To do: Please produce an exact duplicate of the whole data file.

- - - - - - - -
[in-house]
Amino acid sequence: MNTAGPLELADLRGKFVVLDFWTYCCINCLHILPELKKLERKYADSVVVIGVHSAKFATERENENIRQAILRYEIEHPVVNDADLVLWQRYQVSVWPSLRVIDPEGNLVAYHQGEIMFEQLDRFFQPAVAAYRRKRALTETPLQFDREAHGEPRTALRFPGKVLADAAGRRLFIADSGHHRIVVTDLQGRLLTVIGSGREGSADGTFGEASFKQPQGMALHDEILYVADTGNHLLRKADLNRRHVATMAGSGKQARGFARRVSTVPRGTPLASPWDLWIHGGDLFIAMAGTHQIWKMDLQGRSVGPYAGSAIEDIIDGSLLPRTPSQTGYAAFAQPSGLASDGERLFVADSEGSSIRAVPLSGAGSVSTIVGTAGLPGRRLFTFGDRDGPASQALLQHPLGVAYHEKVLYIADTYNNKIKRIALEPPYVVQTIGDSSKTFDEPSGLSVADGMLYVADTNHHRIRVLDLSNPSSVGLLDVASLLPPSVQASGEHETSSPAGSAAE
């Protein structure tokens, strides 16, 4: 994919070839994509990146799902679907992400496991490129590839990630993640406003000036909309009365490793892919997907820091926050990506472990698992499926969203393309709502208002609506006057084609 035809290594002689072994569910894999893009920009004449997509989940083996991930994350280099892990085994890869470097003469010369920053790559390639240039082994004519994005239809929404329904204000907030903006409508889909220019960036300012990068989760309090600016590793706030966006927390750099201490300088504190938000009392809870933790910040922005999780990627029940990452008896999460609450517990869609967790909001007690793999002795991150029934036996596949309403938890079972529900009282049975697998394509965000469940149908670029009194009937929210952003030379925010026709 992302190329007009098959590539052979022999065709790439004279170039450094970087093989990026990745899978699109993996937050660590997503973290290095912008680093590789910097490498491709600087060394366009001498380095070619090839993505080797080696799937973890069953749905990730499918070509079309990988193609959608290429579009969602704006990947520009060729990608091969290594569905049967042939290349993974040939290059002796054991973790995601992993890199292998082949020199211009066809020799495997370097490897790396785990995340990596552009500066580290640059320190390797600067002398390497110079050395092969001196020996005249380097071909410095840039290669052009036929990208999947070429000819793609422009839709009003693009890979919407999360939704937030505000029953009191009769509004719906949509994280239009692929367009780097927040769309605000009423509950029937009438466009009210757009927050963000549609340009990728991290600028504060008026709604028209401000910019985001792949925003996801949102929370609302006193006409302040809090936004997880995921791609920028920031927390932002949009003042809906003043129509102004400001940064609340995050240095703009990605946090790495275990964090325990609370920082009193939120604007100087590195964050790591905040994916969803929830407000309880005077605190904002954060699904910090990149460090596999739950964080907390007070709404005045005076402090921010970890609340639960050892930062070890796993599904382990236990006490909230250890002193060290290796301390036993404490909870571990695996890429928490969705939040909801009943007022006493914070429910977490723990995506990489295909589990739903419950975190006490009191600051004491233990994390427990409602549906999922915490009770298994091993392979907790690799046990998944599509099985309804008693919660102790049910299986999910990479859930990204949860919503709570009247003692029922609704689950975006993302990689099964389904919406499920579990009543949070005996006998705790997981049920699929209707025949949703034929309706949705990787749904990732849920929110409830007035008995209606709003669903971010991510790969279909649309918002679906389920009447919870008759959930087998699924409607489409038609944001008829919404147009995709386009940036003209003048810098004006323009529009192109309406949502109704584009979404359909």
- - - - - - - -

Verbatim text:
[in-house]
Amino acid sequence: MNTAGPLELADLRGKFVVLDFWTYCCINCLHILPELKKLERKYADSVVVIGVHSAKFATERENENIRQAILRYEIEHPVVNDADLVLWQRYQVSVWPSLRVIDPEGNLVAYHQGEIMFEQLDRFFQPAVAAYRRKRALTETPLQFDREAHGEPRTALRFPGKVLADAAGRRLFIADSGHHRIVVTDLQGRLLTVIGSGREGSADGTFGEASFKQPQGMALHDEILYVADTGNHLLRKADLNRRHVATMAGSGKQARGFARRVSTVPRGTPLASPWDLWIHGGDLFIAMAGTHQIWKMDLQGRSVGPYAGSAIEDIIDGSLLPRTPSQTGYAAFAQPSGLASDGERLFVADSEGSSIRAVPLSGAGSVSTIVGTAGLPGRRLFTFGDRDGPASQALLQHPLGVAYHEKVLYIADTYNNKIKRIALEPPYVVQTIGDSSKTFDEPSGLSVADGMLYVADTNHHRIRVLDLSNPSSVGLLDVASLLPPSVQASGEHETSSPAGSAAE
């Protein structure tokens, strides 16, 4: 994919070839994509990146799902679907992400496991490129590839990630993640406003000036909309009365490793892919997907820091926050990506472990698992499926969203393309709502208002609506006057084609 035809290594002689072994569910894999893009920009004449997509989940083996991930994350280099892990085994890869470097003469010369920053790559390639240039082994004519994005239809929404329904204000907030903006409508889909220019960036300012990068989760309090600016590793706030966006927390750099201490300088504190938000009392809870933790910040922005999780990627029940990452008896999460609450517990869609967790909001007690793999002795991150029934036996596949309403938890079972529900009282049975697998394509965000469940149908670029009194009937929210952003030379925010026709 992302190329007009098959590539052979022999065709790439004279170039450094970087093989990026990745899978699109993996937050660590997503973290290095912008680093590789910097490498491709600087060394366009001498380095070619090839993505080797080696799937973890069953749905990730499918070509079309990988193609959608290429579009969602704006990947520009060729990608091969290594569905049967042939290349993974040939290059002796054991973790995601992993890199292998082949020199211009066809020799495997370097490897790396785990995340990596552009500066580290640059320190390797600067002398390497110079050395092969001196020996005249380097071909410095840039290669052009036929990208999947070429000819793609422009839709009003693009890979919407999360939704937030505000029953009191009769509004719906949509994280239009692929367009780097927040769309605000009423509950029937009438466009009210757009927050963000549609340009990728991290600028504060008026709604028209401000910019985001792949925003996801949102929370609302006193006409302040809090936004997880995921791609920028920031927390932002949009003042809906003043129509102004400001940064609340995050240095703009990605946090790495275990964090325990609370920082009193939120604007100087590195964050790591905040994916969803929830407000309880005077605190904002954060699904910090990149460090596999739950964080907390007070709404005045005076402090921010970890609340639960050892930062070890796993599904382990236990006490909230250890002193060290290796301390036993404490909870571990695996890429928490969705939040909801009943007022006493914070429910977490723990995506990489295909589990739903419950975190006490009191600051004491233990994390427990409602549906999922915490009770298994091993392979907790690799046990998944599509099985309804008693919660102790049910299986999910990479859930990204949860919503709570009247003692029922609704689950975006993302990689099964389904919406499920579990009543949070005996006998705790997981049920699929209707025949949703034929309706949705990787749904990732849920929110409830007035008995209606709003669903971010991510790969279909649309918002679906389920009447919870008759959930087998699924409607489409038609944001008829919404147009995709386009940036003209003048810098004006323009529009192109309406949502109704584009979404359909």